• Using chroot, you can essentially install a VM on your Android device.

                Yes, REAL, full-blown Linux. I keep having to repeat that when I tell them about this, because they tend to disbelieve.

                For one way to do it, check out this [eachus.net].
        • If you would like more information about how to do this, go here. [eachus.net]
      • >I cannot just run any Linux software on a tablet

        I got up a bash shell on an android tablet. I could ls and cd and pwd and cat and echo. That's enough userspace to be going on with.

    • by serviscope_minor ( 664417 ) on Saturday February 03, 2018 @04:21AM (#56061039) Journal

      Linux is Almost Ready to Replace Linux On Tablets.

      And this is why people really hate RMS: because the bastard is far too often right.

      He warned about this decades ago with the whole GNU/Linux thing and lots of people pokled fun and/or claimed he was trying to take credit. He always said it was to abvoid PRECISELY this kind of confusion.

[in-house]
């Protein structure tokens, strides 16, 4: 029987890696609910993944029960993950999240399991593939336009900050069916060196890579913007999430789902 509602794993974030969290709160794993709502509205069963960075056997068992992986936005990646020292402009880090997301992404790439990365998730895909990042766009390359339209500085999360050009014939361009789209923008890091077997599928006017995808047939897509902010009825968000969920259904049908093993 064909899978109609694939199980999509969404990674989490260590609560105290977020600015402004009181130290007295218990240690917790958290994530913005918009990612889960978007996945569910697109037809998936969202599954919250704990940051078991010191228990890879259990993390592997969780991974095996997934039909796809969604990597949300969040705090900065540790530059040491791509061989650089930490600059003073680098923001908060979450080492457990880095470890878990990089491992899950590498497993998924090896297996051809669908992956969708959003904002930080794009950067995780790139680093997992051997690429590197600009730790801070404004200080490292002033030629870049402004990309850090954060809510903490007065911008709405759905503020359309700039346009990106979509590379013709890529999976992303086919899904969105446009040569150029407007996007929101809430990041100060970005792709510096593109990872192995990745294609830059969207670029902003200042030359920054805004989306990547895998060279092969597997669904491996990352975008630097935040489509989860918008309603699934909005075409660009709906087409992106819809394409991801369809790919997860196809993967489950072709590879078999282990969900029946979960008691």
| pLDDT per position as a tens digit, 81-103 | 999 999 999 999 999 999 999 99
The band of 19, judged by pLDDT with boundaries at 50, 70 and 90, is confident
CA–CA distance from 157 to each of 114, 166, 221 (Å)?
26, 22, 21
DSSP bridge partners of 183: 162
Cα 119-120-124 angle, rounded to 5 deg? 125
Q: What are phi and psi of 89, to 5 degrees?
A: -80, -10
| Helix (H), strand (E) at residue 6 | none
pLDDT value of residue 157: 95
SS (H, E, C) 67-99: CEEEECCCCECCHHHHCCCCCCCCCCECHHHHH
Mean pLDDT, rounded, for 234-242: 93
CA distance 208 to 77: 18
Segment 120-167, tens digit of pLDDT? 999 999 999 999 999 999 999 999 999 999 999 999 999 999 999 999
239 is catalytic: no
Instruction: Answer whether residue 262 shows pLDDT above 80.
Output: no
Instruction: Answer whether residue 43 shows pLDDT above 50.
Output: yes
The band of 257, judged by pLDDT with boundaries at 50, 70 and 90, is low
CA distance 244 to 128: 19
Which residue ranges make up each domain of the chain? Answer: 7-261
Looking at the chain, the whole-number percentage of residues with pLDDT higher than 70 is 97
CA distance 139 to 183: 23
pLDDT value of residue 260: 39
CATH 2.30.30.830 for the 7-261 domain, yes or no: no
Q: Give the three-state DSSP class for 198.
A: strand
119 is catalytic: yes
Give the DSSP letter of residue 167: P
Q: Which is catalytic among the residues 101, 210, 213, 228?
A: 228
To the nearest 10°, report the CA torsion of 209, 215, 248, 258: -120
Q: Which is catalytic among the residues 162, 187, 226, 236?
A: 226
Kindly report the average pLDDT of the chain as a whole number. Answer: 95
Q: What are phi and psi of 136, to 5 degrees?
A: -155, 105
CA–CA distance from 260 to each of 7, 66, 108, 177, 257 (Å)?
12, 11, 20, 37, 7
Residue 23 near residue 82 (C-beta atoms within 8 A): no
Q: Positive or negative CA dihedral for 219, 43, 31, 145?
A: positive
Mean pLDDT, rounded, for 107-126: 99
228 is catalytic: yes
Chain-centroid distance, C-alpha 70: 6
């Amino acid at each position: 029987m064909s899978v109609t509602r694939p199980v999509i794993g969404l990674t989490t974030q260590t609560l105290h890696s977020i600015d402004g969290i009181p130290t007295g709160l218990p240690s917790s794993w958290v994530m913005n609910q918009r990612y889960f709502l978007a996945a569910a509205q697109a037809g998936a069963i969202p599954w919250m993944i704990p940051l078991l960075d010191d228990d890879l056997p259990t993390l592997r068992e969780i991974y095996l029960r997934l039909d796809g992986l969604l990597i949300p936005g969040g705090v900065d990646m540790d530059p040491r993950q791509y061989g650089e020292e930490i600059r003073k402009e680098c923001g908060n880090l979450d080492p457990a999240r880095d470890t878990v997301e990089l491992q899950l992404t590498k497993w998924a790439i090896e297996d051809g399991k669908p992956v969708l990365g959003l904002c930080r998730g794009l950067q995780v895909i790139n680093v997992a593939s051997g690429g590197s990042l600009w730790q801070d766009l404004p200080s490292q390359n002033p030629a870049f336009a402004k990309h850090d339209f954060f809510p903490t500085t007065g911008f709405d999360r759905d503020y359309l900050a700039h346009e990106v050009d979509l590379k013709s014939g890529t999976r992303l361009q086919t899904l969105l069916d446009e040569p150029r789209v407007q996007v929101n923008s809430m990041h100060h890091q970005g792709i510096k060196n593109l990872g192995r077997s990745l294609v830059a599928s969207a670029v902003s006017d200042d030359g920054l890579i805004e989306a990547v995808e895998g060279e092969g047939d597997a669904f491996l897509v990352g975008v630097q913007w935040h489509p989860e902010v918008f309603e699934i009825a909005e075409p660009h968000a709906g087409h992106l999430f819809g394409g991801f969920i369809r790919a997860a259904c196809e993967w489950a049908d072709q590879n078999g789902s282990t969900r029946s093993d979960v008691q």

• I hope they proceed to using this on phones so I can install Crouton on my phone and have a regular Linux desktop user experience there if I want.
    • Try Linux Deploy [google.com] (or if you don't trust Google, go to the github [github.com].) You do have the problem of having to connect to it via VNC still AFAIK, since last I looked all the Android X servers were garbage. But if you know one that works, I'm interested.

    • They've had systems, albeit imperfect, to install Debian or Ubuntu on Android phones pretty much since the 2.x days (maybe earlier.) I believe almost all require root. Here's one of the most popular [google.com], although I believe it's not being updated any more.

      Ubuntu at one point had an official Android/Ubuntu hybrid project, which I think was used as the core of the Motorola Atrix, the one phone that you could dock and turn into a full desktop (or it might have been Ubuntu for Android was based on the Atrix syste

    • You must have had a better experience with Crouton than I did. I've been using it on a laptop that saw roughly 6 hours of use per week, but in the end, it required manual intervention a little bit too often to keep running correctly - largely due to ChromeOS updates breaking things, but Google arguably can't be faulted for breaking an unsupported 3rd party hack by trying to take their ChromeOS product in a given direction.